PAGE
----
Death Penalty

January 16, 2007

A friend asked me recently about my opinions on the death penalty “in the light of recent events”. I assume she meant the hangings in Iraq but, personally, I think it more compelling when related to the dwindling idea of ‘free will’.

When it comes to personal feeling on the death penalty it is something a vary wildly on depending on whether I am sitting, relaxed and in happy mode or, alternatively, on the phone trying to get a call centre to solve a problem not related to my incompetence, but to the creeping senility of the company they represent. Something they can do nothing about since they are located in Bombay and have no actual connection to the offending American company apart from a monthly cheque and an email box marked ‘crucial-must be taken further’ that no-one reads.

When I take over the world my first law will be against the farming-out of call centres since there is no chain-of-command for you to climb in order to find the inept individual who’s throat you now want to wring.

But back to the point. Death Penalty is a choice you make when you choose what type of society you are going to have. Do you have a ‘rights of the individual’ type of society like South Africa or the UK or a ‘for the good of the people’ society like China or Cuba. Or some sort of inbetween mish-mash.

Pure ‘right of the individual’ societies the government is there to serve the idividual as a ‘servant government’ and protect their rights. Since the first right is usually ‘the right to life’ any thought of the state or people sanctioning killing makes the system break down. Respect for laws are only maintained because they serve the individual and respect them.*

In’good of the people’ societies you can have the death penalty as it can be ruled by the government or it’s judiciary, who serve the interest of the population as a whole, that the population of the country is better off with you dead. the advantage there would be the lack of reality television and daytime talk shows dumbing down the population as those folks would either be breaking rocks on a chain gang or feeding the local flora in a very personal and final way. In China, for instance, whole villages and districts have been allowed to starve when the rest of the country has spare food. It was deemed, for whatever reasons, that saving those people was too problematic.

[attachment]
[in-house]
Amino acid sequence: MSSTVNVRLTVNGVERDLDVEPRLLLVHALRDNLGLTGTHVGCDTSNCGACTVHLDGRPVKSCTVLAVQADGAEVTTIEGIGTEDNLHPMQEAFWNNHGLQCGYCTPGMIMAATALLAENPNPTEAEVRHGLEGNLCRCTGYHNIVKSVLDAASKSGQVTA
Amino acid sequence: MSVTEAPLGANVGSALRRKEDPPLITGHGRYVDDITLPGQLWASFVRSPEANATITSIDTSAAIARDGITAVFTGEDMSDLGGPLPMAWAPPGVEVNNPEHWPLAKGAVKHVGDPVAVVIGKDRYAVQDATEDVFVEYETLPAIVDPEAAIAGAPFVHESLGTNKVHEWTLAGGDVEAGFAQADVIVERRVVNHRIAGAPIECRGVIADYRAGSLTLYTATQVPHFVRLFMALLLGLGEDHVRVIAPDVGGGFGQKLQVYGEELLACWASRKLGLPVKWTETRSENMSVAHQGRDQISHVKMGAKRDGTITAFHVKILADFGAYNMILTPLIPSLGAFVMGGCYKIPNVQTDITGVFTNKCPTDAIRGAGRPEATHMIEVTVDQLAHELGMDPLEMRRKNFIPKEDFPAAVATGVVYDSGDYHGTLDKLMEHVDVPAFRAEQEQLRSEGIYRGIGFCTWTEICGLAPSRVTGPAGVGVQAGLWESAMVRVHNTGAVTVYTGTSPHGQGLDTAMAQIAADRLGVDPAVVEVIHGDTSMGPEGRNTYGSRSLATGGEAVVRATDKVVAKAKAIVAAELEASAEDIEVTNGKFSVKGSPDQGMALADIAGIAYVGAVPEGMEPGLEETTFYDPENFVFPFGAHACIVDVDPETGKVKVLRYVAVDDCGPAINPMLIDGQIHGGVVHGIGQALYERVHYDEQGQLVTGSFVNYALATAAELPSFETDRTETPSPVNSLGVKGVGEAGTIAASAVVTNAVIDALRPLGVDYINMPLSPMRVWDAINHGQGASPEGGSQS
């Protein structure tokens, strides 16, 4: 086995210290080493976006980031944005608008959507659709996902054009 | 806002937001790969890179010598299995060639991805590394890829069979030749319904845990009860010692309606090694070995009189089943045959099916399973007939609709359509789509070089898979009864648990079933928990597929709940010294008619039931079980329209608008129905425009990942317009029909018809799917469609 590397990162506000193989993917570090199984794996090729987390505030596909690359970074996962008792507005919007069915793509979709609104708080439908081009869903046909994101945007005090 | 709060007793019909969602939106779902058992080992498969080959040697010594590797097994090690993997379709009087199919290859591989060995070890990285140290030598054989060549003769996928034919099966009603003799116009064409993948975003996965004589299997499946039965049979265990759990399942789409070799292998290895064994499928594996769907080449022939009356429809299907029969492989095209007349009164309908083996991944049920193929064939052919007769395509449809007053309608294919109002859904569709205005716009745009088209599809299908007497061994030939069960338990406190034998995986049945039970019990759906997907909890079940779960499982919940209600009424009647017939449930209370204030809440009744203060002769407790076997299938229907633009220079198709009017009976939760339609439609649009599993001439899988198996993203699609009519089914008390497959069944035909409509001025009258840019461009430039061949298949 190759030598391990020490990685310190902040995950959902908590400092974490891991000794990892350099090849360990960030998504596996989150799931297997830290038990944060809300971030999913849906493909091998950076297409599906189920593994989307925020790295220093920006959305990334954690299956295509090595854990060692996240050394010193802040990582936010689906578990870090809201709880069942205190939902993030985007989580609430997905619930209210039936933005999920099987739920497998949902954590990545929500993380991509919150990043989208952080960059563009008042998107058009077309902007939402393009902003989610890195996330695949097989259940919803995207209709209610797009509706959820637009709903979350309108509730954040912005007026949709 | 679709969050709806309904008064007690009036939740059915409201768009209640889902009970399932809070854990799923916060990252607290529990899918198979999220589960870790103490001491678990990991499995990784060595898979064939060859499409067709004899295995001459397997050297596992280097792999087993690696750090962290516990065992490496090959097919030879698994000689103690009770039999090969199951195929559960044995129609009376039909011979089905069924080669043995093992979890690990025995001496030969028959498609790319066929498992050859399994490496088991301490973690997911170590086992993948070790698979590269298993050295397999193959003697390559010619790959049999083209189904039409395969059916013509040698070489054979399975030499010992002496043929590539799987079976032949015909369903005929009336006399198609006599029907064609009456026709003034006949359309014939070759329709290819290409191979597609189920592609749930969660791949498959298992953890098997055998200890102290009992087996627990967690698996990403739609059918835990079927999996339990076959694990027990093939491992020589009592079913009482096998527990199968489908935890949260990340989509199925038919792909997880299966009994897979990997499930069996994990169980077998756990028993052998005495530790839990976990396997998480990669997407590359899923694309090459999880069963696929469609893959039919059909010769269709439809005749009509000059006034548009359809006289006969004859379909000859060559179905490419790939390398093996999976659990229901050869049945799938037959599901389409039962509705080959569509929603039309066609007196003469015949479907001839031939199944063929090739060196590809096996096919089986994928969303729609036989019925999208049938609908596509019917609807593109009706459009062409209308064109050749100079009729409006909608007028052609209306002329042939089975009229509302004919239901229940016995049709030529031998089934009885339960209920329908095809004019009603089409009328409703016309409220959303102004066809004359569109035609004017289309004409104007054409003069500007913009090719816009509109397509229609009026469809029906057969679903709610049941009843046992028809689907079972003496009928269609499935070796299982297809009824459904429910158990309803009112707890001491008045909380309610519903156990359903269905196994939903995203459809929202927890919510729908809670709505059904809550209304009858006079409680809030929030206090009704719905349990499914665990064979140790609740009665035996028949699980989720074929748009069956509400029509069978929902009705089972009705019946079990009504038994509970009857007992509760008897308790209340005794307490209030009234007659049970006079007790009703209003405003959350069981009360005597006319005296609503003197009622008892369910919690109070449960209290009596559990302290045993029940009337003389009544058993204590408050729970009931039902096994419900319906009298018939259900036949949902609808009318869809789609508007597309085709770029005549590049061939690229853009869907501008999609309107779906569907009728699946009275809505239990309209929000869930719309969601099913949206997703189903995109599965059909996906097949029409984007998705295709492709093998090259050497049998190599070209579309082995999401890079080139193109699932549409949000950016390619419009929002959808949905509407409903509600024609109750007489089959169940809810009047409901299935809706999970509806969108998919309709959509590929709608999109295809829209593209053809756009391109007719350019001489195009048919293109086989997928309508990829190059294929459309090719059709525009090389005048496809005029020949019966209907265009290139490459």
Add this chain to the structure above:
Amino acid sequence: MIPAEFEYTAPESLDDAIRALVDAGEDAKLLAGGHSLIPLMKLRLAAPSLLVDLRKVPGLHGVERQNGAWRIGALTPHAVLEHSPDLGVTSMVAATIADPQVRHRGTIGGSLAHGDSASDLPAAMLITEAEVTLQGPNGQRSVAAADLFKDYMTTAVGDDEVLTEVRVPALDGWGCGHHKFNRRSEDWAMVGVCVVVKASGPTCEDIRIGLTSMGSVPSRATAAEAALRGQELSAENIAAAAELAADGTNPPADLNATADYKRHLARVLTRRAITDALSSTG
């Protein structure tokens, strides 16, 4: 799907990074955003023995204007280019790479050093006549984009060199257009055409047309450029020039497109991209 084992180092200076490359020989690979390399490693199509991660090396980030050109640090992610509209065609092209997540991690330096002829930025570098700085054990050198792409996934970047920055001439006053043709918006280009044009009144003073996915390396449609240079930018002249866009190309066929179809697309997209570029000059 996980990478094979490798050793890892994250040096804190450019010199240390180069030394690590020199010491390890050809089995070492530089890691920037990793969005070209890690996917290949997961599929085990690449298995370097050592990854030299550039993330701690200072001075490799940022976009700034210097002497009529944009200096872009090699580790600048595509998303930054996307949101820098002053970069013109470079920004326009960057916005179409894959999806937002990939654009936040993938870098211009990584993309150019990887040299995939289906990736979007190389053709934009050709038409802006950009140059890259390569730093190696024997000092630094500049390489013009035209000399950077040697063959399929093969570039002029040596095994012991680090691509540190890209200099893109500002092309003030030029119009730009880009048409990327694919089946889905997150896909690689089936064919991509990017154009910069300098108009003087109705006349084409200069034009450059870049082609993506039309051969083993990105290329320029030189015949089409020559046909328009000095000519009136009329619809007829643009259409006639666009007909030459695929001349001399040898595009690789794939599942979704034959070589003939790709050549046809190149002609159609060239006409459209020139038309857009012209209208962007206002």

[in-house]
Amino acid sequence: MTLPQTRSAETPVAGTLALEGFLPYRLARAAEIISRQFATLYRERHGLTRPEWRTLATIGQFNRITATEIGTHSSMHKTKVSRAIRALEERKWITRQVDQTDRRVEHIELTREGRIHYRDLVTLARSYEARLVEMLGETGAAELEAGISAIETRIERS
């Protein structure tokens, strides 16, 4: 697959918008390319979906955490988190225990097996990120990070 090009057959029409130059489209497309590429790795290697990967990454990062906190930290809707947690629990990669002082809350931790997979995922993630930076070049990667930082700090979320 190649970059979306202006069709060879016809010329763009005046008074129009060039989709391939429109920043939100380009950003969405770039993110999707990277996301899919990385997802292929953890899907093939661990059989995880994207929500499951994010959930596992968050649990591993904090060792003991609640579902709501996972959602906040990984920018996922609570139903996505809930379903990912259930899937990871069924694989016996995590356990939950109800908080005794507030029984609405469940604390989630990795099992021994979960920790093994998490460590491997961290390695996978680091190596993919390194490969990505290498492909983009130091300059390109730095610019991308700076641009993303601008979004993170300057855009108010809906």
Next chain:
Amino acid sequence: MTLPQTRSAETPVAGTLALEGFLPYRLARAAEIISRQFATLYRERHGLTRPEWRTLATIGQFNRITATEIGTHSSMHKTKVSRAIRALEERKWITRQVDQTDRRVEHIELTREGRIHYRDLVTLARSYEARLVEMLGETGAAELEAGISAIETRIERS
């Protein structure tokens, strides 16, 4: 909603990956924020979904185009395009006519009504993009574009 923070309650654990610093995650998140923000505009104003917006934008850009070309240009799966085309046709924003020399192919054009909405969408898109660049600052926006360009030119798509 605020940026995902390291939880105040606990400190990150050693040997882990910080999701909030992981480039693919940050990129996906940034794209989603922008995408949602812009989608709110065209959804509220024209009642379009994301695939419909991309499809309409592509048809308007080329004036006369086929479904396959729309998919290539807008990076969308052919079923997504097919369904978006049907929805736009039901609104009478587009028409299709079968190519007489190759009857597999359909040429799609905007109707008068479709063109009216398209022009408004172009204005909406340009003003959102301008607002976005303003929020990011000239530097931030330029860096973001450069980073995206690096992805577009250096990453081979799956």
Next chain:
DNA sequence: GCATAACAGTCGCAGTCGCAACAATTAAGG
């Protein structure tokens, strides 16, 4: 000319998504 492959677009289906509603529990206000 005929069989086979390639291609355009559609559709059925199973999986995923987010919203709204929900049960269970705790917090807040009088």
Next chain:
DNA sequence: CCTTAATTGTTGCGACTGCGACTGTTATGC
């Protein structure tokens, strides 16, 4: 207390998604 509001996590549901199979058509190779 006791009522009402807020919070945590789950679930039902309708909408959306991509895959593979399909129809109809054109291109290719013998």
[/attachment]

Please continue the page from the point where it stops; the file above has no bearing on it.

Ultimately all other arguments come after that. When it comes right down to it human life (including mine) is not terribly important. we would like to believe otherwise and we are wont to join countless groups and organisations that flatter us and who say it is so but, really, it isn’t. The fact is that the way we try to understand the universe around us is a cute trick but it doesn’t actually make us important.

If we go to our genes for an answer they are selfish and concerned only with their individual survival and propagation. So from their point of view lowering any chance of you, personally, dying is ‘the business’. The successful genes were ones that made us pack animals so we form societies. Generally, the bigger the societies the safer we get. If use that motivator alone we have to simply choose which type of society is safer. Ultimately a ‘big brother’ society with no privacy and no freedom of choice is probably the safest. That society would in all probability have the death penalty. Conceivably for parking on a yellow line or answering your cellphone in the middle of a conversation at lunch. Personally, I approve.

If we go to morals for an answer we hit trouble. Whose morals do we use? I know of no two individuals who agree on absolutely everything. Hence the word ‘individual’.

Logical argument would state that societies are formed for the protection of the people within them. Worries over false conviction or possibly over ‘justifiable homicide’ would not allow for the risk of killing someone ‘incorrectly’. So you would place murderers in a position where they could not murder again. In isolation from physical contact. No death penalty. But what if the society cannot shoulder the expense and this causes people to starve? Too messy.

Ultimately I go to an extremely childish, simple but I reckon appropriate societal idea. When representing an idea that is deemed ‘right’ you should represent it through actions, not words. “Do as I do” rather than “Do as I say.” You cannot tell people that killing is wrong and then do it to the killers any more than you can teach a child not to bully others by beating him. You cannot tell a child “sweets are bad for you” and then allow them to be advertised on television.

If, as it seems increasingly likely from scientific breakthroughs in analysis of live brains, we turn out not to have free will the entire concept of punishment has to be looked at again. If we are programmed constructs then rehabilitation amounts to reprogramming or, as it is known rather dramaticaly in the spy genre, “brainwashing”. Then we need to very carefully evaluate our ideas on freedom, especially in regard to broadcast media and what is fed to us.

Peronally I have to say: It’s a beautiful day out and the swimming pool is calling. What say we just flip a coin over this whole death penalty thing? Tails- no death penalty. Heads, well… ask the French.

*Once it is plain that the law has no respect for the individual that individual will not respect the law. I think the fact that the laws of South Africa and our ‘servant government’ are seen to do little or not enough to look after the individual rights of our poorest (whether it be through incompetence or simply budgetary constraints) citizens is one of the leading factors in our crime rate.

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